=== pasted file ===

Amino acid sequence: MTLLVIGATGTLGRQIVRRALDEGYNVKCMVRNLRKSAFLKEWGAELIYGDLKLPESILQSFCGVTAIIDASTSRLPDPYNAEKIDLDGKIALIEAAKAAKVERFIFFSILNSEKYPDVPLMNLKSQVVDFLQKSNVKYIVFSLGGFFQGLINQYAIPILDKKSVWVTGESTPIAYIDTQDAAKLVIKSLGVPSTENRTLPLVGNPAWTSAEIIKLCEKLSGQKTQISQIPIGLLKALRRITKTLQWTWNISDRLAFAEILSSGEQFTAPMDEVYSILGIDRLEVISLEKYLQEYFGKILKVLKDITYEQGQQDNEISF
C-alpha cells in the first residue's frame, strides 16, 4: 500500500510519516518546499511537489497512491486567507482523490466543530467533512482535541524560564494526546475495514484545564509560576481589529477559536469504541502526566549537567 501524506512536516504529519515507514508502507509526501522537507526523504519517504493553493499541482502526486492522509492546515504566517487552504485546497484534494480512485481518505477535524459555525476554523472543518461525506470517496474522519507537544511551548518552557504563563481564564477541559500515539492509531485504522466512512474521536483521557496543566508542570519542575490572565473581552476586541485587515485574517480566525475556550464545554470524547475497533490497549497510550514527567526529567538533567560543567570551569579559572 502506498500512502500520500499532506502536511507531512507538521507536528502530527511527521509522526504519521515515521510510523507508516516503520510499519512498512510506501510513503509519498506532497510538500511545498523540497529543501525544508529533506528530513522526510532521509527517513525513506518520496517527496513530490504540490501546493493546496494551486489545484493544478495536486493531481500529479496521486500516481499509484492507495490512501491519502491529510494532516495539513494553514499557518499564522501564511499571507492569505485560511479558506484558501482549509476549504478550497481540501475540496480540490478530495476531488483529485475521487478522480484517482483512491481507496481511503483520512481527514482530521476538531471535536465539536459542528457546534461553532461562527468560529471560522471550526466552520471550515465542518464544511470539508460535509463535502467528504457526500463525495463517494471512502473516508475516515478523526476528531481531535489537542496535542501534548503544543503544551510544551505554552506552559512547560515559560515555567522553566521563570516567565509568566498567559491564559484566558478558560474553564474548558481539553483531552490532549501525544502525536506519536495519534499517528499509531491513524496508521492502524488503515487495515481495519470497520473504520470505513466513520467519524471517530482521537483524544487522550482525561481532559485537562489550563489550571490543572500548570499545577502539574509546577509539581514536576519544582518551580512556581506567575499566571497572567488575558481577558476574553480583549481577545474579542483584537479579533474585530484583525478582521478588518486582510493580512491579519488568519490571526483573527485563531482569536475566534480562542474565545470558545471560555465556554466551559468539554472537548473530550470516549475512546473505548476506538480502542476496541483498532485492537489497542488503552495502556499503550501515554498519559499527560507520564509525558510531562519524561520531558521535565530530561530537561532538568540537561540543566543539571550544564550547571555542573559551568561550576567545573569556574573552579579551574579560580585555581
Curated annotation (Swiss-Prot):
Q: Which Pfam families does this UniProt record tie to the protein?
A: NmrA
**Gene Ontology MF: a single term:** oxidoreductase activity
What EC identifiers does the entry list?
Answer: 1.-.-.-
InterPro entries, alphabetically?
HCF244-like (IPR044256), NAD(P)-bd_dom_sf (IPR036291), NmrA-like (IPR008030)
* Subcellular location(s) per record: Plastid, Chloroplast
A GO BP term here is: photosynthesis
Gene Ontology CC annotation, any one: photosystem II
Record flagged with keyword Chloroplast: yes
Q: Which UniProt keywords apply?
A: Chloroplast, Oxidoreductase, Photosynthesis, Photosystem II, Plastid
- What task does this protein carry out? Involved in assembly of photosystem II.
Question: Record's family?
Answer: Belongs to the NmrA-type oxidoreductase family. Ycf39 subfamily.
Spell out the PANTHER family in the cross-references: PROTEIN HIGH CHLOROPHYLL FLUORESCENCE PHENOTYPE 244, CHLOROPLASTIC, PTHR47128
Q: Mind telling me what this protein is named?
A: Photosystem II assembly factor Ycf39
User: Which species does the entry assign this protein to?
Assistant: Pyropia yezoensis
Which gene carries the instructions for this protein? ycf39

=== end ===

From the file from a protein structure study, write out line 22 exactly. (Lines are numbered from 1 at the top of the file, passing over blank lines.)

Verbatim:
A: Photosystem II assembly factor Ycf39